Monday, October 31, 2005

Is Revenge a Bad Thing?

Why is it that in Israel, its considered unenlightened to want revenge for the murder of innocents? The media paints any group of people that go to a terror attack site, and yell for "revenge", as a bunch of loonies (and Kach). While within Judaism, there is a mitzva of not taking revenge: לא תיקום ולא תיטור את בני עמך, this does not apply against our enemies, and Judaism definitly does not believe in the Christian concept of "turning the other cheek."

Across the blogsosphere, GodolHador and DovBear have made reference to the Biblical Revenge Song of the prophet Samson. (music by Dov Shurin) -- mostly with disdain. Dov Shurin's song is so iconic, that even the "Otiyot" children's magazine related to it. Otiyot is very mainstream, so I assume the idea is pretty much accepted.


A Simple Jew said...

Here are some thoughts that support your posting:

The righteous man shall rejoice when he sees vengeance. He shall wash his feet in the blood of the wicked. Mankind shall say, "There is, indeed, a reward for the righteous. There is, indeed, a G-d Who judges on earth.

(Tehillim 58:11-12)

Avenge the blood of Your servants that has been spilled.
(Tehillim 79:10)

Where revenge is necessary, it is a great thing.

(Talmud – Berachos 33a)

Any Torah scholar who does not take revenge and bear a grudge like a snake is not a real Torah scholar.

(Talmud - Yoma 22a)

Do not take revenge nor bear a grudge against the children of your people, but you may do so against non-Jews.

(Yalkut Shimoni – Vayikra 19:613)

When outrage and fury impel you to take revenge, your emotion is rooted in a sense of pride. You are enraged because you have been offended, and your pride has been hurt. A person who is truly humble regards himself as nothingness and takes vengeance only if G-d's honor is maligned. Consequently, before you zealously take up G-d's cause you must meet two important criteria: you must be free of any trace of anger and must not possess any haughtiness.

(Yismach Moshe)

DovBear said...

Few thoughts...

1 - It's not wrong to *want* revenge.

2 - Revenge, though, has no place in Jewish law. The court punishes to give the criminal the opportunity to atone for his sin, not to exact revenge on behalf of society.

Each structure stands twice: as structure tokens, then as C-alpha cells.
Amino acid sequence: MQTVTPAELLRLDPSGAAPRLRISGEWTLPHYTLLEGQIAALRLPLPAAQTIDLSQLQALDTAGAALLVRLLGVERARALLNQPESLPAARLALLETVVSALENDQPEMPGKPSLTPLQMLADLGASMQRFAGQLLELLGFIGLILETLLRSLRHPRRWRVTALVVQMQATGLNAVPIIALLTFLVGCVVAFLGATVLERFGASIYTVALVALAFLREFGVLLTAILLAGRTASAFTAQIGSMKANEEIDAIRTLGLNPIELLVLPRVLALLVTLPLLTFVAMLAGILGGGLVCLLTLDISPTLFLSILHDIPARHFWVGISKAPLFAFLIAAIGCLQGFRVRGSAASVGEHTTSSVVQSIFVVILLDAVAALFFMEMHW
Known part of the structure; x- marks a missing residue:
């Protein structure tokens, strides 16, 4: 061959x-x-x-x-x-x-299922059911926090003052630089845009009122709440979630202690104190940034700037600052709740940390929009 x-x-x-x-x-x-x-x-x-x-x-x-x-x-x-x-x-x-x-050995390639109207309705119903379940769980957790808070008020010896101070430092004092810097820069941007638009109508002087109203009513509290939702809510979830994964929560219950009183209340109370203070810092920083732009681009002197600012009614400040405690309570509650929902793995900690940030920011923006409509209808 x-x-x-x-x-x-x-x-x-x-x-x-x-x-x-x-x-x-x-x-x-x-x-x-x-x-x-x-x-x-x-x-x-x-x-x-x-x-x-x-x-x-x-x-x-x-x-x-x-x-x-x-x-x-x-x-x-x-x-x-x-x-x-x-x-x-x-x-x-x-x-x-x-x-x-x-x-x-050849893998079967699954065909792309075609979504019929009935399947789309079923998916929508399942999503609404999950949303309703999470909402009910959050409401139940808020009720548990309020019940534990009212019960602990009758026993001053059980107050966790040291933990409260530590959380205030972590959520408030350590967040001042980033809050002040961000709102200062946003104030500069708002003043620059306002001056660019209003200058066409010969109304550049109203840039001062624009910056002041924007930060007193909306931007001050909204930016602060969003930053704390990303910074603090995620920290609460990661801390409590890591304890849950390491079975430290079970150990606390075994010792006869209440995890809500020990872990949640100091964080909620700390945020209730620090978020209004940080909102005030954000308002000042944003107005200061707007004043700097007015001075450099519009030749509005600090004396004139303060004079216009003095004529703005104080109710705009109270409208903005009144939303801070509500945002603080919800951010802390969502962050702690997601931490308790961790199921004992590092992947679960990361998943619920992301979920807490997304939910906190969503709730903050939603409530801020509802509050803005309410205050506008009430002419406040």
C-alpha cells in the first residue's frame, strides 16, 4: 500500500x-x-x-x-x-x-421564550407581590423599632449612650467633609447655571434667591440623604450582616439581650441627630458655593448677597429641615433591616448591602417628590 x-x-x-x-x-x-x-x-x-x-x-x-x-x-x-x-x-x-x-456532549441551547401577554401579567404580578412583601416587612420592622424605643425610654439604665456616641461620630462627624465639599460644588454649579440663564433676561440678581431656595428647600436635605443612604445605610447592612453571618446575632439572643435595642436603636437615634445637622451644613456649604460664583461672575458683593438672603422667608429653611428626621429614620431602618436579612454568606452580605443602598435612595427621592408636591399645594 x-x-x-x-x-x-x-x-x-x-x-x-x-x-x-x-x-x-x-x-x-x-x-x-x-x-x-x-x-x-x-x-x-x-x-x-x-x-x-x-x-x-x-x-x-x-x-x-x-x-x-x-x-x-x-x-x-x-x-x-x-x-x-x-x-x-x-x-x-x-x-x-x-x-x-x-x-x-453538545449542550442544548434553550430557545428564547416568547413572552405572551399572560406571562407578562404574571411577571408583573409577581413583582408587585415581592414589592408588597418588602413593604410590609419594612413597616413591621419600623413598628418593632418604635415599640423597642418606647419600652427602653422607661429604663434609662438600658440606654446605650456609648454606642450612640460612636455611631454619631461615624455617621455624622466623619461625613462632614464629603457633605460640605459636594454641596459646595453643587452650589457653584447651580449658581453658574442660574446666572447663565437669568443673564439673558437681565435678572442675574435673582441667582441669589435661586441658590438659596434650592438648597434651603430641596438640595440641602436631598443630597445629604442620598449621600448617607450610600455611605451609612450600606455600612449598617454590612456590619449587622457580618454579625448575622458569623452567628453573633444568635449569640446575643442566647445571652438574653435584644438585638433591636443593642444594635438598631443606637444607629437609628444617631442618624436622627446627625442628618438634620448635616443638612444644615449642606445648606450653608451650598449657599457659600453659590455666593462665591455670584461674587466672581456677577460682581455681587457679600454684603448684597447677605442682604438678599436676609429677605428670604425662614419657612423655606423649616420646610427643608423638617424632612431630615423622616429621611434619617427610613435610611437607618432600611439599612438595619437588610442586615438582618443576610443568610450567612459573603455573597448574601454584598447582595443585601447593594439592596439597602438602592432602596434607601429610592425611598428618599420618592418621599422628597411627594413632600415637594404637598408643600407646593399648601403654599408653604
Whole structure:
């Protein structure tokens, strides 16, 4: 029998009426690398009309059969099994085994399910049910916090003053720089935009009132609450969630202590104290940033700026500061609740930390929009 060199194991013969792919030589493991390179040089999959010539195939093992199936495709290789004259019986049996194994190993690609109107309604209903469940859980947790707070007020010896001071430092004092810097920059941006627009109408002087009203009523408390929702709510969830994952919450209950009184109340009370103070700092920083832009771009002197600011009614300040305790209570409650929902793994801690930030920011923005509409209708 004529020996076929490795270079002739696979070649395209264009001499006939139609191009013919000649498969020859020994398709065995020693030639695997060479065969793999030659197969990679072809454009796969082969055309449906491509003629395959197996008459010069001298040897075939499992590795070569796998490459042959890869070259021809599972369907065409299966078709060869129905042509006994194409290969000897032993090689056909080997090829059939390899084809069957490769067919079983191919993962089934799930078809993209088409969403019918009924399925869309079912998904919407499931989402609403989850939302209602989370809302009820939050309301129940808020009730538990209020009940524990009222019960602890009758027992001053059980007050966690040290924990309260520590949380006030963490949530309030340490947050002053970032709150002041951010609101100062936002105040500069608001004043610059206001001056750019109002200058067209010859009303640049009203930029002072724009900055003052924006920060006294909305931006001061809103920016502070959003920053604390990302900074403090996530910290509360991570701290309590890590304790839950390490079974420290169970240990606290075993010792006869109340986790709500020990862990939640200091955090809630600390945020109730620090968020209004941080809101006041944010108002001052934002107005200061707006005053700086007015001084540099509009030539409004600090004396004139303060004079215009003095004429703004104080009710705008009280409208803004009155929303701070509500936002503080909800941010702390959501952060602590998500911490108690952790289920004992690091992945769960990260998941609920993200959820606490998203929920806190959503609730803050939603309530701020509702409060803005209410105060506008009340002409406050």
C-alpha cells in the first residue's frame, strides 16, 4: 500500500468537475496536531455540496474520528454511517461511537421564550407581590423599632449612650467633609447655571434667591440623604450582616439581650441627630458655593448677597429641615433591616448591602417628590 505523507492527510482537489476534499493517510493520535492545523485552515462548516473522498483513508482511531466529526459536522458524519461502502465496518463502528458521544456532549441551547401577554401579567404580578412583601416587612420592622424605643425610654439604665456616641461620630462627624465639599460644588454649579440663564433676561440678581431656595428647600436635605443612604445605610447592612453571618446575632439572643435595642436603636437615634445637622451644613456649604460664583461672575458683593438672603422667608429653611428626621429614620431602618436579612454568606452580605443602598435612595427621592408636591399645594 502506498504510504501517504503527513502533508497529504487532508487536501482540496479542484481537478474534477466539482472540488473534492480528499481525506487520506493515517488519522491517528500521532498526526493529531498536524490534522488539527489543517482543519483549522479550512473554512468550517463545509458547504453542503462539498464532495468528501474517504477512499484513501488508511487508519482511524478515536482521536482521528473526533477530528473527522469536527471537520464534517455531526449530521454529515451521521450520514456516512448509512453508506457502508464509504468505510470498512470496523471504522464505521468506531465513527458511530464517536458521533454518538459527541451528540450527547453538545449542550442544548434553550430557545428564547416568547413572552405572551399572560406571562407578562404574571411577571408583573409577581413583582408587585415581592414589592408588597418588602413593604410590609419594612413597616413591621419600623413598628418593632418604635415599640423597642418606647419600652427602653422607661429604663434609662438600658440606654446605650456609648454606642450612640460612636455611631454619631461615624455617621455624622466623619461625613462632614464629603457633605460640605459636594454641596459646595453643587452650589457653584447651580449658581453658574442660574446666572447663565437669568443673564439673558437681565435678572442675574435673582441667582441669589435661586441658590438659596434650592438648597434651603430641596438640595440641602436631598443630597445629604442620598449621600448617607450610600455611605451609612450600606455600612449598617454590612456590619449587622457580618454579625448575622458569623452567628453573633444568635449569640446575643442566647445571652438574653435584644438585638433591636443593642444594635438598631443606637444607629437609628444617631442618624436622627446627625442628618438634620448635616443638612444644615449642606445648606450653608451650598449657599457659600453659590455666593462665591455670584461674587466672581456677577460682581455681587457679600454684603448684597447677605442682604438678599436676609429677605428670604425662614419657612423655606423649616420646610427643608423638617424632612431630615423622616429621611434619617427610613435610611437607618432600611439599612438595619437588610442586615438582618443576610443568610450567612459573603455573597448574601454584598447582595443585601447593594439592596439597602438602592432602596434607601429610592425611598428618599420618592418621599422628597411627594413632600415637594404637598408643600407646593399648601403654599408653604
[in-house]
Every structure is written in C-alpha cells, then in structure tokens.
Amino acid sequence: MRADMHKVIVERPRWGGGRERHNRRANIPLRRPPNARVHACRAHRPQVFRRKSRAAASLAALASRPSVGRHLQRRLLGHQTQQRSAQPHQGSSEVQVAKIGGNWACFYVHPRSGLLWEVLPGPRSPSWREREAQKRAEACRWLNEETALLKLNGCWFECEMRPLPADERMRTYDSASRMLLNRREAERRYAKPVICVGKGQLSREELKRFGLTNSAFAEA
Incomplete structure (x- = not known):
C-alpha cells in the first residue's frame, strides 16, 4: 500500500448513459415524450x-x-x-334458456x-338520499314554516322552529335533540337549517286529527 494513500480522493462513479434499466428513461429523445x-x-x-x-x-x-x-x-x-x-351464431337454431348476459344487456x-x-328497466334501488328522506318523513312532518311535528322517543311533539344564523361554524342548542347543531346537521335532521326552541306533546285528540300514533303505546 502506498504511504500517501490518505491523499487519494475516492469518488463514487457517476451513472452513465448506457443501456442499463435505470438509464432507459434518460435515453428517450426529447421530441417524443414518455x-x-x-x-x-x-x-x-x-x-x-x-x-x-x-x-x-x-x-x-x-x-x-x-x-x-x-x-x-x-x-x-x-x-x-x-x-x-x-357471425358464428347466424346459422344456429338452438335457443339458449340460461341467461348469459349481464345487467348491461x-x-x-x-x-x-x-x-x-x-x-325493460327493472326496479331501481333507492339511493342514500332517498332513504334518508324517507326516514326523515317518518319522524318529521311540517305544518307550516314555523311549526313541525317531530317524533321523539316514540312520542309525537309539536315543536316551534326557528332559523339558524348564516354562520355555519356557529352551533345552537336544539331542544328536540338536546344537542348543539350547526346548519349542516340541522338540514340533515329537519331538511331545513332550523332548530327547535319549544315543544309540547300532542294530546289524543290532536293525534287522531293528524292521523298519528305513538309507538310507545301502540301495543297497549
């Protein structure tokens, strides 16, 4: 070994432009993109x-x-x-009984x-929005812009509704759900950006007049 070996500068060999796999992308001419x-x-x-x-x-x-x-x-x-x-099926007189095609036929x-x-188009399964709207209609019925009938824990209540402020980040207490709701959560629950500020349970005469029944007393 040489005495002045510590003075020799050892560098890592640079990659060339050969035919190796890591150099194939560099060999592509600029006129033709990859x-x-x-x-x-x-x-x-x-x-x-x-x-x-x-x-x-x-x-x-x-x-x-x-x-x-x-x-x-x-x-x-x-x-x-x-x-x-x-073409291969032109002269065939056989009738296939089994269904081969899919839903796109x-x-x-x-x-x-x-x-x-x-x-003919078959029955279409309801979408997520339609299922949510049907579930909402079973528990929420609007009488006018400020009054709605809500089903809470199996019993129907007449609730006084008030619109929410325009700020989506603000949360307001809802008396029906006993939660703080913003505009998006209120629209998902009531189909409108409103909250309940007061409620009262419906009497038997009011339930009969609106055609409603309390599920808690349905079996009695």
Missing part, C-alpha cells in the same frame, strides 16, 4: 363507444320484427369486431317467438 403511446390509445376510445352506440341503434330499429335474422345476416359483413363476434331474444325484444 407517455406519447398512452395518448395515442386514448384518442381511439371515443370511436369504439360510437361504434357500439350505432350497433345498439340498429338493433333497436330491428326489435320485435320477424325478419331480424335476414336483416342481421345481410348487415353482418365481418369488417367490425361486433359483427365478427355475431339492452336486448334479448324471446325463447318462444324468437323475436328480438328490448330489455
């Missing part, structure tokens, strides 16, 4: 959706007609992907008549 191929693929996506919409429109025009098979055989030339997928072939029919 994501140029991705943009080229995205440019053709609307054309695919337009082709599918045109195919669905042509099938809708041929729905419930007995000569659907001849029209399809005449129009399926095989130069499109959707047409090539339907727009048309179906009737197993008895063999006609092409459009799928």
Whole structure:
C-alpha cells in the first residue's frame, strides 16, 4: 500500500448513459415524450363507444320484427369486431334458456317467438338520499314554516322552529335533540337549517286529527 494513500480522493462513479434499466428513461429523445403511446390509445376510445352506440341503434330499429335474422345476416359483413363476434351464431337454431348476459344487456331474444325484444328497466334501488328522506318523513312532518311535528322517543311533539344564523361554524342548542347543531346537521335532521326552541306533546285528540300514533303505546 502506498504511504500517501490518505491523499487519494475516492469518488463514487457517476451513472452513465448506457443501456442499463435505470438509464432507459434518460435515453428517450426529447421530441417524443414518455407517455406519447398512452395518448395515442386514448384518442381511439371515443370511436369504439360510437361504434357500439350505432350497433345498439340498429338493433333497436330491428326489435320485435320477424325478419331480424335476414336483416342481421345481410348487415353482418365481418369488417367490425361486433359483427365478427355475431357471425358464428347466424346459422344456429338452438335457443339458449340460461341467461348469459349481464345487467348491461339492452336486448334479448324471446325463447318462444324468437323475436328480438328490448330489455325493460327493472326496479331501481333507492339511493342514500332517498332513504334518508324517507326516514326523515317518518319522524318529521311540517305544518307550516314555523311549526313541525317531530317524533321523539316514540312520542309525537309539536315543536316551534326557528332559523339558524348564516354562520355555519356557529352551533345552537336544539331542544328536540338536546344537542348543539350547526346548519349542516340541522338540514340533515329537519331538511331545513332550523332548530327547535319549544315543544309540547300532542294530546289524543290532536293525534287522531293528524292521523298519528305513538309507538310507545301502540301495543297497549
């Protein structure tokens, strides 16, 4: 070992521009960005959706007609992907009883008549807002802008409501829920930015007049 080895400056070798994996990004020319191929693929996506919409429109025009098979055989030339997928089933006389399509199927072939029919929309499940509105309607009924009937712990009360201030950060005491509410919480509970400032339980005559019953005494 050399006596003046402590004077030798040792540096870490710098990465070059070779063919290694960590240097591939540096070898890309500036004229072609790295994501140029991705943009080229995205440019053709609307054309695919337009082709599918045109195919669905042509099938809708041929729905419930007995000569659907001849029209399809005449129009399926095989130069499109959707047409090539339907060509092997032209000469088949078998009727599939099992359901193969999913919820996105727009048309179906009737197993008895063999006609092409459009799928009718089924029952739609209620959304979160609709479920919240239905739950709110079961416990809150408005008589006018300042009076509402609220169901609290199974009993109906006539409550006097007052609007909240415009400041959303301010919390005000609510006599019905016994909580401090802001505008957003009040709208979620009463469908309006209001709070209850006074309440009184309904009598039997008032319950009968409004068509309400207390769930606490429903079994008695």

3 - You wrote "Why is it that in Israel, its considered unenlightened to want revenge for the murder of innocents?" but Israel is only thought to be unenlightened when its agents carry out acts revenge on other innocents. When it arrests criminals, and punishes them, no one says boo.

Jameel @ The Muqata said...

Shalom DovBear!

Does your comment (2) refer to revenge against Jews, or against everyone? Even Revenge with the confines of Jewish law, is still revenge. Take "Ir Miklat" for example.

Where does Israel's agents take revenge on innocents? In wartime, is revenge the same as during peacetime? Is "retaliation" the same as revenge?

tafka PP said...

Hi Jameel,

OFF TOPIC- (it's a no-brainer that I am against revenge)

Just wanted to tell you that I MEME'd... finally! Am I the only one of all your tags?

Jameel @ The Muqata said...

Hi Purple! Of course not! Litvishe did on his site, JoeSettler would but he's a wimp, and Batya/Winkie Medad are still mulling it.

If you have any influence over olehgirl, then maybe you could ask her as well.

Do you feel that retaliation is wrong?

BTW: I figured it out - you must have worked for Talya Sasson, right?

DovBear said...

Where does Israel's agents take revenge on innocents? In wartime, is revenge the same as during peacetime? Is "retaliation" the same as revenge?

The point, simply, is that no one objects to "revenge" if it is carried out against a perpetrator, and not against his neighbor.

Jewish jurisprudence frowns on revenge. It makes concessions to it here and there (ir miklat) but stops short of sanctining it. Again, in Jewish law we punish to help the criminal atone or to otherwise undo the damage he caused.

Jameel @ The Muqata said...

Dovbear: Your examples of Jewish law refer to when the criminal is Jewish. Why is there such a backlash to the Shimshon song?

If no one objects to revenge against a perpetrator, so why does Israel "get it over the head" when they have "targeted killings?" And thats not even revenge!

DovBear said...

1-There's always collateral damage with a targeted killing. That's not accceptable.
2 - Israel doesn't bother to prove that they retaliated against the right person
3 - Israel doesn't take steps to guard against mistakes (or a rougue commanders on a vendetta taking out an innocent)

If they addressed these three isssues, targeted killings would be cleaner, and many of the objections would disapear.

JoeSettler said...

Revenge has a clear place in Jewish law.

I had a Rabbi whose son was killed by a reckless driver.
In a private conversation he said he wished there were still Irei Miklat so he could have a chance to have reenge and kill the man who killed his son.

Revenge like many other things is allowed in Jewish law within certain parameters.

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